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?Skins? concept keeps city warm in winter

BY JASON THOMPSON jason@northernlife.ca With fresh snow on the ground and a chill in the air, many Sudburians are reminded how much they dislike winter.
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BY JASON THOMPSON

With fresh snow on the ground and a chill in the air, many Sudburians are reminded how much they dislike winter. Systems design engineering student Kirsten Robinson is betting her Sudbury Streets Skins project could warm their attitude.

Kirsten (left) and Erica Robinson worked on design concept that would put a tent-like structure over the Durham and Larch intersections to create a warm public space.
Street Skins, a tent over public spaces, could transform a cold winter environment into a warm public space, free from snow and wind, creating an environmentally friendly micro-climate all year long.

The skins would be made from ecologically friendly transparent material called Texlon and act as an outdoor roof, protecting against the elements and trapping the heat in. The tented shape and slick Texlon surface means falling snow will slide right off the skins to be collected.

Alternatively, during summer months the skins could also keep the covered space cool, trapping in cold air generated by air-conditioners and using as little electricity as possible.

?It would be like a Victoria-type of climate where you could have flowers and trees growing much longer and greener and stretching into the winter,? she said.

The world of design hasn?t looked over the Sudbury Street Skins project. It was awarded with second place in the Design Exchange?s national Design for the Cold competition. An exhibition of winners? ideas has been on display this month at the Design Exchange in Toronto.

The aim of the Design for the Cold competition is to change the way Canadians look at winter, and to possibly identify design solutions appropriate to winter environments. The competition pays special attention to ideas that would benefit those with physical disabilities who may have difficulty dealing with the winter elements.

When city planners held public consultations on downtown revitalization last spring, Kirsten took part and began thinking about the possibilities for Greater Sudbury.

?We started thinking about what happens in northern cities in the winter and realized that more than anything else, what you lose is the public space,? Kirsten said.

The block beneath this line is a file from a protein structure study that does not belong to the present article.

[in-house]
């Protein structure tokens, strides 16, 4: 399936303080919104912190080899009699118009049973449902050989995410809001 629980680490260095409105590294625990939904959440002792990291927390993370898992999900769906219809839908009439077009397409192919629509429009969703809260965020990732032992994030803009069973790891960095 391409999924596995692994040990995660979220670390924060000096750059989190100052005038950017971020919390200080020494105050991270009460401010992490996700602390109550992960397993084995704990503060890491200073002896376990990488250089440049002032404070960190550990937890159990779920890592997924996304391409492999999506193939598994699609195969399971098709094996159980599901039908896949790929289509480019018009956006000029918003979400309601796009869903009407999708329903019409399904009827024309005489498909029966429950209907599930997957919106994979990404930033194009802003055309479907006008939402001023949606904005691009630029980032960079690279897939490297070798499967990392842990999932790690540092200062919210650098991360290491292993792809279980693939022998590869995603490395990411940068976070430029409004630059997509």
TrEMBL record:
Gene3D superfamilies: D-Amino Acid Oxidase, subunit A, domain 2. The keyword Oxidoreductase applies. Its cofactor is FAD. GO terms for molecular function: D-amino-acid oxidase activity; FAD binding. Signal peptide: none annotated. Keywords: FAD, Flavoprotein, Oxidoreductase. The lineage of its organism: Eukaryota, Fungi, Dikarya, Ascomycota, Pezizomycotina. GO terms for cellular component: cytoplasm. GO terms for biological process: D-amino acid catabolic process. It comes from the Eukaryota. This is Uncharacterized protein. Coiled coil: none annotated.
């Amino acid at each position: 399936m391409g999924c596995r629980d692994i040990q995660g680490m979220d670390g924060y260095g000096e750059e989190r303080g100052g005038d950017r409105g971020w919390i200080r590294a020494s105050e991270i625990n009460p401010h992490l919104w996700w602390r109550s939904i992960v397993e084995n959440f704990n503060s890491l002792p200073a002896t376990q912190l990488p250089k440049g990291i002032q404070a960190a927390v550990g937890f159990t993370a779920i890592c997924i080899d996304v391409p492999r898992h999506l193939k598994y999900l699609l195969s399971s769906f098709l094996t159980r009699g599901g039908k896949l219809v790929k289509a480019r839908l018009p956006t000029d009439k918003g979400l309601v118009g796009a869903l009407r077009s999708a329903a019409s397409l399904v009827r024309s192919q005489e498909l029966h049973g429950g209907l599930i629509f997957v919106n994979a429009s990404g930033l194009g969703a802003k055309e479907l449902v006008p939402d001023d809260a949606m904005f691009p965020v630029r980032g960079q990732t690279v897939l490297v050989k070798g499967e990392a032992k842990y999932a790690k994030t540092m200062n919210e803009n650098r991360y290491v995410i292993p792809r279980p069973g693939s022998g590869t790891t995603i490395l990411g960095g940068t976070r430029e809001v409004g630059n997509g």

Cold weather means people stay inside and a sense of community is lost.

?It?s all the parks and the walkways and the places that bring the community together,? she said.

The Sudbury Street Skins Project looks specifically at how covering a section of the downtown core, centered around the Durham St. and Larch St. intersection.

The skins would be held in place by steel supports allowing Sudburians to enjoy a comfortable warm and environmentally friendly space suitable for markets, festivals and community events year-round.

One aspect of the design competition was making the idea universally accessible, Kirsten said.

?In the winter, people who have difficulty walking . . . have a hard time stepping over curbs because they?re afraid they?ll slip,? she said. ?You get rid of all of those problems without getting rid of sunlight.?

It could really enhance the quality of life for people at the Older Adults Centre during winter months, she adds.

Kirsten is a student at the University of Waterloo.

She will be the first to admit that although she was team leader, the project was a family affair with contributions from her sister, Erica, and her father, David Robinson, an economics professor at Laurentian University.

Economically, her dad said the skins project is sustainable, helping to pay for itself in a few years. In addition to saving money on heating and cooling costs, the creation of a unique tourist attraction for the downtown, generating revenue as a result of the bars, restaurants and retail stores along Durham St.

At about $70 a foot for Texlon, the cost of the project is dependent on the how big it is.

It?s almost like an outdoor mall, Robinson said. ?The bigger you make it the more efficient it becomes.?

?There?s enough capacity to get started on this project without renovating the infrastructure,? he said. ?It will support people living downtown while in turn makes the downtown more viable.

?The problem isn?t technology, it isn?t economics, it?s leadership,? said Robinson.

Team Robinson agrees that social engineering is the next step for the project, to get the public thinking about how to improve the space and build on the street skins idea.

The idea of having wireless Internet access available in the space to attract a professional crowd, or having coin-operated gas fireplaces, where people could sit and enjoy the warmth and share the heat with everyone else under the tent.

Robinson said a number of major, progressive North American cities, including Philadelphia and San Fransisco have free wireless Internet access in their downtown.




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